Patrick sent everyone a link to the topic, "My New Favorite Layout," on the Wholly Genes Support Forum. Check it out! If you fall in love with one of these layouts, try to recreate it. It would be a good exercise. Here is my usual layout. Blues and greens are my favorite colors; for some reason, I love this font; I like small toolbar buttons; and I have a custom toolbar that includes my most frequently used reports.

Monday, June 24, 2013

Creating and Saving a Copy of Your TMG Serial Number

I know that we decided to add creating a trouble.txt file to our agenda for next month's meeting, but since we also decided that everyone should update to TMG version 8.08 some time this month, I decided that this little tip shouldn't wait.
  1. Select Help from the menu.
  2. From the drop-down menu, select Technical Support. This opens a dialogue window.
  3. Click the Trouble Report box on the bottom left. This creates the trouble.txt file.
  4. Answer Yes to the question, "Would you like to open the file in your word processor now?" This opens the file in Notepad on my computer. Do you see your serial number?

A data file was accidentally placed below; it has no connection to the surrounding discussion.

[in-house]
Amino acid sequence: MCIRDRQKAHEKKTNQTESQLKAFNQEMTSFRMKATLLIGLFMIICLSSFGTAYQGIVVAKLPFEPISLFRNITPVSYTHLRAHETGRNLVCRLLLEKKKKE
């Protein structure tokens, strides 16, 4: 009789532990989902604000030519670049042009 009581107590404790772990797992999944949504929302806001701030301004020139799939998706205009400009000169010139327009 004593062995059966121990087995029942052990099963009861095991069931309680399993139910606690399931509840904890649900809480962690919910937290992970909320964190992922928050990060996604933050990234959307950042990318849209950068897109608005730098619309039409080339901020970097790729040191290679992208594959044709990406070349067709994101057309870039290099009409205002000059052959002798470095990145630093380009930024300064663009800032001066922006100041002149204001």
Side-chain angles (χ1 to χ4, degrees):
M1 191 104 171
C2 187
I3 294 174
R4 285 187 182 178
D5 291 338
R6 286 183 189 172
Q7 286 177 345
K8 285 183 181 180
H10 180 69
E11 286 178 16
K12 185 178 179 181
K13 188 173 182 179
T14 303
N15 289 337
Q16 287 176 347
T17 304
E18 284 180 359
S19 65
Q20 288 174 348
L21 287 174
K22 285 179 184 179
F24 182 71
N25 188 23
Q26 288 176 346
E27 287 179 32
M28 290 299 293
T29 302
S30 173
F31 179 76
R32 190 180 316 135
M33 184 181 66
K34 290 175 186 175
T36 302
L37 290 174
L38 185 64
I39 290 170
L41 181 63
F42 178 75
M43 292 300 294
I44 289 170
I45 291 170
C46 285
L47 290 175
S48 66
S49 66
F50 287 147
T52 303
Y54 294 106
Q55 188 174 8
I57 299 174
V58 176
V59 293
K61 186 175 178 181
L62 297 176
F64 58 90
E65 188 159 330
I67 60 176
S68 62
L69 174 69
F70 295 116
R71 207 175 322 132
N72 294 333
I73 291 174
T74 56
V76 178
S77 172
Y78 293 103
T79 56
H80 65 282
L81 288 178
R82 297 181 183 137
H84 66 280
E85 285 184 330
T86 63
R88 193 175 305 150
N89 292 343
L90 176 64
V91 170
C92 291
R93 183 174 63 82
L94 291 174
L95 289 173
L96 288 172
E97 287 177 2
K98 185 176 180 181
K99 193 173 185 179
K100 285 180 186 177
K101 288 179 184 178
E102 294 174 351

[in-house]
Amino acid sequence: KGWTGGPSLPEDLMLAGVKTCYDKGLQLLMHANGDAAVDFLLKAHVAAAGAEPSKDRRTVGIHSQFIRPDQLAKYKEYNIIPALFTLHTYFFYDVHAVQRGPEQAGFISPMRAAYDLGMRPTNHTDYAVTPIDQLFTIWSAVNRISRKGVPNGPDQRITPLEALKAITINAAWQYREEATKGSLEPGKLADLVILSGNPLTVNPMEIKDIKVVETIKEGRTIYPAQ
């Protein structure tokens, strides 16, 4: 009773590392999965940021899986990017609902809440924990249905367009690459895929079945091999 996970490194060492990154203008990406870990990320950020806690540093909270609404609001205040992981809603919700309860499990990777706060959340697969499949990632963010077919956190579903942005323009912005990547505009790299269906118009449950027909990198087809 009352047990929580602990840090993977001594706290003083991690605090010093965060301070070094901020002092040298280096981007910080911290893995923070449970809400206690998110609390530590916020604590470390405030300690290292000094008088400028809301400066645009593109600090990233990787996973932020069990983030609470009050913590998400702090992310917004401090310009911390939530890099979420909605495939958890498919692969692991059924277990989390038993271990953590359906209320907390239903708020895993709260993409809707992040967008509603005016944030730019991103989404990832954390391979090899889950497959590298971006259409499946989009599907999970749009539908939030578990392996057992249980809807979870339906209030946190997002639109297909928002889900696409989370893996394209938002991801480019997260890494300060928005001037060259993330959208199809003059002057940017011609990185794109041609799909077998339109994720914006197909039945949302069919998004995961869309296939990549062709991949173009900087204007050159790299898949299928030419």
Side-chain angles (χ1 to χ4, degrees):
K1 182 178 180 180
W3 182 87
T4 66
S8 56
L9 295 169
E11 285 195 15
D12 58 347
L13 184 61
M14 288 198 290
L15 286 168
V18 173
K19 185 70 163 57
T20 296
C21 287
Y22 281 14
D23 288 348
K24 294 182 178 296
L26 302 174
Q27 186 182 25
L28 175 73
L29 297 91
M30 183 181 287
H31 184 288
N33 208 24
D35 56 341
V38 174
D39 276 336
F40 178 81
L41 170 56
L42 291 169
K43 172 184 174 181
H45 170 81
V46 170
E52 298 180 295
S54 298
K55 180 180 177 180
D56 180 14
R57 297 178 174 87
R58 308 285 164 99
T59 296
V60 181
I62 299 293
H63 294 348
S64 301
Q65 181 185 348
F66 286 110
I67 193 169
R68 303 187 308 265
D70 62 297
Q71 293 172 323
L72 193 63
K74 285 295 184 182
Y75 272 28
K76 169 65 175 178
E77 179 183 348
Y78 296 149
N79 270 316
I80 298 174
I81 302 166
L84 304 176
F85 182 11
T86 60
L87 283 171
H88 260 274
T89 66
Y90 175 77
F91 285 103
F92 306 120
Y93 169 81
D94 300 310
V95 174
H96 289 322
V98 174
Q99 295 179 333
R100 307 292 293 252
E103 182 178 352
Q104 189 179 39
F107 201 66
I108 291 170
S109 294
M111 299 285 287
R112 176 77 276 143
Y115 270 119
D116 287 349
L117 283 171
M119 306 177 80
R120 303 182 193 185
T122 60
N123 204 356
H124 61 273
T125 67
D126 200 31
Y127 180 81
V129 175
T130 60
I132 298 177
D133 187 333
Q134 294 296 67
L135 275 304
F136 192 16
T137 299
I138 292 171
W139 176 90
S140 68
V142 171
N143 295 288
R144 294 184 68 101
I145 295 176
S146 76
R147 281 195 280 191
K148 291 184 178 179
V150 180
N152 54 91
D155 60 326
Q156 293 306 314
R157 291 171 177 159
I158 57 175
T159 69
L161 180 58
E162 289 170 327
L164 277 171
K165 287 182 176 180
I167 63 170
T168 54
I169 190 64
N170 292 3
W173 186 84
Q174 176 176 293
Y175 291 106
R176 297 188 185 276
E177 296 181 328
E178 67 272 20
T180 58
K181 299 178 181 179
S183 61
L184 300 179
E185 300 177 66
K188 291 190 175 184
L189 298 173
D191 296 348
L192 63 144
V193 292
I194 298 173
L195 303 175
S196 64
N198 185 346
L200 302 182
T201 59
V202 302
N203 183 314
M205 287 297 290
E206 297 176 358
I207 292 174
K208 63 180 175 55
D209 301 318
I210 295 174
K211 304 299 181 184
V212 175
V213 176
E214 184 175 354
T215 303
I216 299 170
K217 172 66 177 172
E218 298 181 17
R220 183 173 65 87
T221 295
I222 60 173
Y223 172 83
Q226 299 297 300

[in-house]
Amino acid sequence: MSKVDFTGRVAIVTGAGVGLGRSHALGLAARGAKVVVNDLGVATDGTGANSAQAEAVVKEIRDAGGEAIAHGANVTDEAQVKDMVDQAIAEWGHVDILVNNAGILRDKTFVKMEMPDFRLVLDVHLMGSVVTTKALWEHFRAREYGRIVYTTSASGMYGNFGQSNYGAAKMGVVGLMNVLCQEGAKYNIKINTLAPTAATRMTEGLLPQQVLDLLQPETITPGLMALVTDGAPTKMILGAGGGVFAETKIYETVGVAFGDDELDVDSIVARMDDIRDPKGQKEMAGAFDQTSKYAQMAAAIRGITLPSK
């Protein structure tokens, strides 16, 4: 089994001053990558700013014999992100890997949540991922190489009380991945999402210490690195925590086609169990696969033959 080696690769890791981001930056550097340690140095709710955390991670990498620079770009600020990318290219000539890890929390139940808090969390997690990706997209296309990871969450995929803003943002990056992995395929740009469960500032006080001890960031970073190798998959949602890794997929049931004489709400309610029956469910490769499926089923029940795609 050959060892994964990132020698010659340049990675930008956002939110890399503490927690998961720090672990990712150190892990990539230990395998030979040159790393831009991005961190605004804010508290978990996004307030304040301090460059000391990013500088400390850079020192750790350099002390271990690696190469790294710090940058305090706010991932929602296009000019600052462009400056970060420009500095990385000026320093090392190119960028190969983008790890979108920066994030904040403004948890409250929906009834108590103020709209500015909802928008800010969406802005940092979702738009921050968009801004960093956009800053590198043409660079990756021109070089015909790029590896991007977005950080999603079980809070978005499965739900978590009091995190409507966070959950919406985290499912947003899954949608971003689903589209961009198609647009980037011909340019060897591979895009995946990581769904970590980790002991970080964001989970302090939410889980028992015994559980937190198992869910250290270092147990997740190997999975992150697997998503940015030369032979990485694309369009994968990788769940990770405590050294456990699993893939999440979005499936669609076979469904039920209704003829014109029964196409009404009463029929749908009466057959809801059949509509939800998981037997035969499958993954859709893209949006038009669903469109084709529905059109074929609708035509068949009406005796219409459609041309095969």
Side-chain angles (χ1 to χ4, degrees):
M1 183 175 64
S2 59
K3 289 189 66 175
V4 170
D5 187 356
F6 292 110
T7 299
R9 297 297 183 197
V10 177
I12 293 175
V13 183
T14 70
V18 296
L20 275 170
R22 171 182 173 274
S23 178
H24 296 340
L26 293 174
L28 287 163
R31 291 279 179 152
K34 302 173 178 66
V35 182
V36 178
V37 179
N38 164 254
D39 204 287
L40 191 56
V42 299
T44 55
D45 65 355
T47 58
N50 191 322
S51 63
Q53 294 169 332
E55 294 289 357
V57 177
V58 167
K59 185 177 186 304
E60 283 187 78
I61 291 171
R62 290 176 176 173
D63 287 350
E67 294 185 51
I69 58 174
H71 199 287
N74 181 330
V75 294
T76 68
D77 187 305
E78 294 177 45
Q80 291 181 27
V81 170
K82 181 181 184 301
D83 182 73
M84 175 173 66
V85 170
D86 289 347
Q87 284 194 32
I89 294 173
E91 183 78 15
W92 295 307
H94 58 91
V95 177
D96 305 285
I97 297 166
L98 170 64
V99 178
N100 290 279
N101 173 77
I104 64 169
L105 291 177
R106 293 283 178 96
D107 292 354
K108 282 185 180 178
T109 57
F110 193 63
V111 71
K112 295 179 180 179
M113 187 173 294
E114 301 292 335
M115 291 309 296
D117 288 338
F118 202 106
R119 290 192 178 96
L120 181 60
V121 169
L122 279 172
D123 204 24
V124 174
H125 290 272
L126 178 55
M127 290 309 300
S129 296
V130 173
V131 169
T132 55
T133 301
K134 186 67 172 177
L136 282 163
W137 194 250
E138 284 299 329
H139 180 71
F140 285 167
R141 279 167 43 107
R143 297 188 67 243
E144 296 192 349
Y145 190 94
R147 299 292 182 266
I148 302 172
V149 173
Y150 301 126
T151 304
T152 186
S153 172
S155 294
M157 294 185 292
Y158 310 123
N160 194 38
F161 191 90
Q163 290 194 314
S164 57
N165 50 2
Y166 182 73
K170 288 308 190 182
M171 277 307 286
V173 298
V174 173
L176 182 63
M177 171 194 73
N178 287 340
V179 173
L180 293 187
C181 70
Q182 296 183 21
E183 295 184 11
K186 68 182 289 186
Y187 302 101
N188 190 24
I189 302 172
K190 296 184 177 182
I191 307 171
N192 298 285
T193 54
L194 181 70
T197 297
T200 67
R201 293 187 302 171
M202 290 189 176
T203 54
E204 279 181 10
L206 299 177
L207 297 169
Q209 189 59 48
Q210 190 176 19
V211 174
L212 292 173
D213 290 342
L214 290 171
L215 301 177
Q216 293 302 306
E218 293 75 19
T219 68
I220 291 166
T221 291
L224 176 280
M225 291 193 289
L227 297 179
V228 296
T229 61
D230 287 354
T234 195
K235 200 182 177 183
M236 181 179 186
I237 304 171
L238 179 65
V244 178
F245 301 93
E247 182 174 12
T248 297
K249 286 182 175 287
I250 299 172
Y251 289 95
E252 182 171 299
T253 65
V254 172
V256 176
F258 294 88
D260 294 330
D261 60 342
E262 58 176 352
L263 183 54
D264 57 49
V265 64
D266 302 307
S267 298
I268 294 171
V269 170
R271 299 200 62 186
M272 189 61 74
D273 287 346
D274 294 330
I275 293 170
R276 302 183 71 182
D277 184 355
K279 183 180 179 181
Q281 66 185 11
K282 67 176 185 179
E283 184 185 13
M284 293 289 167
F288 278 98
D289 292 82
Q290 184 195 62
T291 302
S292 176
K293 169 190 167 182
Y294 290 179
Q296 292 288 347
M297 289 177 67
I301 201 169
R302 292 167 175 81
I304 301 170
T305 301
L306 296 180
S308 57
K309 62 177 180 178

5. Select File and then Save As. You can now save the trouble.txt file in a readily-accessible location on your computer.
I save a copy of all my serial numbers and program registration information in a folder called "Registrations" and I keep copies of this folder on all computers, my backup drive, and online on Dropbox. This way, my serial numbers are handy when updating programs. Of course, they're also handy if - HORRORS! - my computer crashes.

Friday, March 15, 2013

Find-and-Replace and Less Easily Solved Problems

When writing in Register format, many abbreviations are used in the child-list sections: b., m., d., and bur. are used instead of the words born, married, died, and buried. Any month with more than five letters is abbreviated - with a period after the abbreviation: Jan., Feb., Aug., Sept., Oct., Nov., and Dec. Notice that the abbreviation for September adds an extra wrinkle; it's four letters long, not three. The names of states are abbreviated - with the standard abbreviation, not the postal abbreviation. None of these abbreviations can be easily programmed into TMG's output. Editing these can be automated in Word, however, with a Find and Replace feature many users don't know.